All of this is to establish that the animating premise on which Soldado is predicated is quite literally the product of a pernicious and frequently recurring conservative fantasy – one constructed for the sole purpose of linking two of the things they hate most (Muslims and Migrants) in one potent narrative thread. Capitalizing on this pre-constructed conspiracy theory and the deep rooted racial anxieties of the American right is what Soldado does best, and the film manages to serve up some of the most racially incendiary images you are likely to see on a screen this year.

Within Soldado’s first ten minutes we watch as an Islamic extremist blows himself up in what looks to be a Walmart – but not before cornering a white mother (blonde, of course) and her young child, who plead for mercy – only to be ignored and cruelly eviscerated. As if to further draw this connection out, after the woman and her child are blown to bits the film cuts to a desert scene where a disrupted convoy of migrants is combed by federal agents. Three prayer rugs are found lying in the sand, and they linger in the frame long enough for the audience to appreciate the iconographic connections being established between the Islamic faith and acts of violent barbarism perpetrated against white Americans.

The only Islamic extremist we meet in Soldado who actually says any words other than “allāhu akbar” is a black man, and we meet him as he is being tortured by US Special Op’s head Matt Graver (Josh Brolin). Graver informs his captive that “This is Africa: I can do whatever I want to you,” before forcing him to watch drone feed footage of his entire extended family being slaughtered. The whole scene feels like an obvious bit of MAGA chest-thumping in it’s uncomfortable actualisation of the inhumane anti-Geneva Convention treatment Donald Trump promised during his campaign for president, when he asserted that he would kill the families of terrorists as retribution for any attacks on the US.

These political resonances aren’t accidental, and Sheridan’s script is following in the footsteps of a sordid tradition of instrumentalizing black and brown bodies for the cultural consumption of white audiences. Soldado sees Sheridan and Sollima traffic in some of the most vile racial imagery existent in media today, and they deploy many of the same representational and rhetorical strategies that are so ruthlessly weaponized by the far right. This is filmmaking that cannot be merely written off as irresponsible or inflammatory. Many of the images in Soldado seem to be specifically calculated to play directly to right wing anxieties, and to fan the flames of racial animosity.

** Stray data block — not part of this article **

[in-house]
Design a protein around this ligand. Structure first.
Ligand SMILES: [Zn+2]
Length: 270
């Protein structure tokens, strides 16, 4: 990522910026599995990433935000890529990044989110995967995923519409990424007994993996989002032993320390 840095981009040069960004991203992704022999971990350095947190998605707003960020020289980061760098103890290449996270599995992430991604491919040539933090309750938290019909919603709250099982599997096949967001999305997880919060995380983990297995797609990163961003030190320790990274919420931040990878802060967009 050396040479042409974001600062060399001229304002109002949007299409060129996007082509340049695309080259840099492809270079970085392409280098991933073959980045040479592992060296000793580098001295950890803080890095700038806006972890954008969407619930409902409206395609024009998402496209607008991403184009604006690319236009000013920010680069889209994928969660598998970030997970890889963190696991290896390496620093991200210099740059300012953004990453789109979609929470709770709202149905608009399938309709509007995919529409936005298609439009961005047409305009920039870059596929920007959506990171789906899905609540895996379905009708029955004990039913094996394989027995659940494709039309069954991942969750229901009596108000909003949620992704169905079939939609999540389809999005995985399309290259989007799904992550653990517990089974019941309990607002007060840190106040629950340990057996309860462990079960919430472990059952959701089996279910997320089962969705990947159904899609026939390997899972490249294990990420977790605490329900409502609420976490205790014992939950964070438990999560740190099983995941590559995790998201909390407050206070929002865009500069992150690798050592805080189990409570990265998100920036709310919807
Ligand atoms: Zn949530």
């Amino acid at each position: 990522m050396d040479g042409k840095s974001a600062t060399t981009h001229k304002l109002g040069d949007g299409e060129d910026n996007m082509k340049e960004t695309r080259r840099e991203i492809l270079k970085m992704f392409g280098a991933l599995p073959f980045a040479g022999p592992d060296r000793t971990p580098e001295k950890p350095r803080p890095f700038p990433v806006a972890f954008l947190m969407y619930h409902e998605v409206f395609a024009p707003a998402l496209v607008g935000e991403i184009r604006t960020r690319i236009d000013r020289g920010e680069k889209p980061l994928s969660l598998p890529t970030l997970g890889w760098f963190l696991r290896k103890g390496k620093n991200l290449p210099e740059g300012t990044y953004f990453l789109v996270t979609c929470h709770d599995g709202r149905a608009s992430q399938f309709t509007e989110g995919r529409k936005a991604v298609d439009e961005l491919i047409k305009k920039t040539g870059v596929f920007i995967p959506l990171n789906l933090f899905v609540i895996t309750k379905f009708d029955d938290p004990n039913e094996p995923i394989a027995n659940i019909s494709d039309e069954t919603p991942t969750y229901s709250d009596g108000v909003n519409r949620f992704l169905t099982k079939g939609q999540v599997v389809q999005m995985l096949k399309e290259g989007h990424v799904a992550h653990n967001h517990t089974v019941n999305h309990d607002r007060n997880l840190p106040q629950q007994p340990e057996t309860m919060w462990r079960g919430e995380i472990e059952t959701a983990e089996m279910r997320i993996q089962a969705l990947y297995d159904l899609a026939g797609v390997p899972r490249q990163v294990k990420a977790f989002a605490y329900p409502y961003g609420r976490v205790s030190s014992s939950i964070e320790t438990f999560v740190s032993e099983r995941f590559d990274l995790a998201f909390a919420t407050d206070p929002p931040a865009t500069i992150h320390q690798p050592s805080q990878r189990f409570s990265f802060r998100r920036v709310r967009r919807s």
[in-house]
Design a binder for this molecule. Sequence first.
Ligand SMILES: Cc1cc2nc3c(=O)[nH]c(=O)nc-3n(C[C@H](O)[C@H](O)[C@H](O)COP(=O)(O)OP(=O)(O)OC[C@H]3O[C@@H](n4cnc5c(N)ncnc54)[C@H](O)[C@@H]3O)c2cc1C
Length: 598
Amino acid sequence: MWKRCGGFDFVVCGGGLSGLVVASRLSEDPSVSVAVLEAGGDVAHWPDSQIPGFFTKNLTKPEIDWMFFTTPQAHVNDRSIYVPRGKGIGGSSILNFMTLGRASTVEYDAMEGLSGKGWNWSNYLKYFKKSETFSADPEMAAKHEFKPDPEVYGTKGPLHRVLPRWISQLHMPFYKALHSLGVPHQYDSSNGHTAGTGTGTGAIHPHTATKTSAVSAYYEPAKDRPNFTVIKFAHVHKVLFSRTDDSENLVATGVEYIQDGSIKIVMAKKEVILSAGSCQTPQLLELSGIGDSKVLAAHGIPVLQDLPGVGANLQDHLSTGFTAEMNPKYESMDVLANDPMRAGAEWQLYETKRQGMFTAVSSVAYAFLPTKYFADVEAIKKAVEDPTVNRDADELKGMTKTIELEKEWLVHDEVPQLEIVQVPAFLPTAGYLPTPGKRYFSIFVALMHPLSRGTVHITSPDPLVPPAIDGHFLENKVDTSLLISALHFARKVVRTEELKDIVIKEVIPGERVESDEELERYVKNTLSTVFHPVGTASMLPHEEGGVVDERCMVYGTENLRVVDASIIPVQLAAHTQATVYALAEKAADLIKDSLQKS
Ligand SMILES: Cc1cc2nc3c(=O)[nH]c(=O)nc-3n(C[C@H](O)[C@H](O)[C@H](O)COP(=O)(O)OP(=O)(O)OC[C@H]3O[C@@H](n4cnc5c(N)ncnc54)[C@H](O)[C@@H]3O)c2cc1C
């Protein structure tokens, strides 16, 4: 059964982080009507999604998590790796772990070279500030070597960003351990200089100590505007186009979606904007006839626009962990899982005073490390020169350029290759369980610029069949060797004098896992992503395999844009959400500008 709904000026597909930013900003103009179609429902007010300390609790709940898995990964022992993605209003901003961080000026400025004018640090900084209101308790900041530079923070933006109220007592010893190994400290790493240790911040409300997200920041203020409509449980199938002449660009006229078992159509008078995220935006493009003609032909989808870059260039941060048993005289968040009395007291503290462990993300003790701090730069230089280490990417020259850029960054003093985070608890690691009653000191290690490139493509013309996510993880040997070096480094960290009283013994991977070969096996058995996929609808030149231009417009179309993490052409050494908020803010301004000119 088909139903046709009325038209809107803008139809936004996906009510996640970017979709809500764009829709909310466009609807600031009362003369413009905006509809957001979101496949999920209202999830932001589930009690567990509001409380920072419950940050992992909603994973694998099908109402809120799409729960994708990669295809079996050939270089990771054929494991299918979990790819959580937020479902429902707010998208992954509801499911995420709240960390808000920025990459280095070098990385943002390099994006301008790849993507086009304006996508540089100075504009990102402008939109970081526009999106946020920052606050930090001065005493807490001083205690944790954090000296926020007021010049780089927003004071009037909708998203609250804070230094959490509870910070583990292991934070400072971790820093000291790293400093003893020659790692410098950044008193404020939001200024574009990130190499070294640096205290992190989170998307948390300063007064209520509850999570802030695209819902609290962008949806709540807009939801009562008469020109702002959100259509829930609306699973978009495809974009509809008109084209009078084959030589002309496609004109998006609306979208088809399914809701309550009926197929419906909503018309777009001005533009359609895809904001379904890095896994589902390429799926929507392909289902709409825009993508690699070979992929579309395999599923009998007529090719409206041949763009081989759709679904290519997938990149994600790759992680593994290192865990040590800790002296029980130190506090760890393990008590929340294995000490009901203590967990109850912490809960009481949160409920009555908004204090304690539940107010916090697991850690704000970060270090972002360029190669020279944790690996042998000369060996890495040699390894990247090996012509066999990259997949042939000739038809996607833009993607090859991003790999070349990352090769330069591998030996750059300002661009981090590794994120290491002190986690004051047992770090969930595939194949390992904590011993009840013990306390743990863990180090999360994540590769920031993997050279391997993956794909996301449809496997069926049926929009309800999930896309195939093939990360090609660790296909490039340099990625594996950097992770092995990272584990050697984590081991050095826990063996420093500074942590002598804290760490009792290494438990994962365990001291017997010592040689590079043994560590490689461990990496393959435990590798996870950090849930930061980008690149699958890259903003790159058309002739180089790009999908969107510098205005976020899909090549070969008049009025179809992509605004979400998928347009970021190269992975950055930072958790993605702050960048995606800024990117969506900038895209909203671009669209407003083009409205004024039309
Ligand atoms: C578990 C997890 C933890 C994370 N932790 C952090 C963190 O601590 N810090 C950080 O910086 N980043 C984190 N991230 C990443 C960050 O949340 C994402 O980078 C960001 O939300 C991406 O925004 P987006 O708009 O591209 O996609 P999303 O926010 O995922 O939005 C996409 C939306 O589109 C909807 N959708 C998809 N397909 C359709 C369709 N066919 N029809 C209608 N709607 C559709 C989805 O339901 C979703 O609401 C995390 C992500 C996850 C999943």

The film is positively obsessed with shattering norms and breaking rules. At one point after a particularly bloody skirmish with Mexican Police officers at the Southern Border, Graver is told by a superior that “POTUS doesn’t have the stomach” for his sort of violent tactics anymore. His response is to snarl, “Sit that coward down! This is why nothing ever changes!” Graver functions as the cinematic paragon pure of American muscularity in Soldado, and his moral and tactical eminence is never challenged, even when he is massacring civilians through drone strikes or engineering the kidnapping of a child. Pitted against adversaries who are either more morally debased than he (Islamic terrorists) or weak-willed (politicians), he is rendered valiant by comparison.

After the film has had its fill of portraying Muslims as brutish fanatics, it shifts its efforts towards the dehumanisation of migrants. As a response to the terror attacks inside the US, the President in the film labels the Mexican cartels as terrorist groups and declares open season on them. Turning to Brolin’s Graver, the Secretary of Defense orders him to destabilise the cartels by creating infighting between them (like the US did in Afghanistan), thus disrupting the flow of migrants into the US. The way they decide to accomplish this is through kidnapping the sixteen year-old daughter of a major cartel head and making it appear as if a rival cartel was responsible. Graver links up with his old friend Alejandro (Benicio Del Toro) to spearhead this false flag operation, since the cartel head in question is the same one who murdered his family some years before.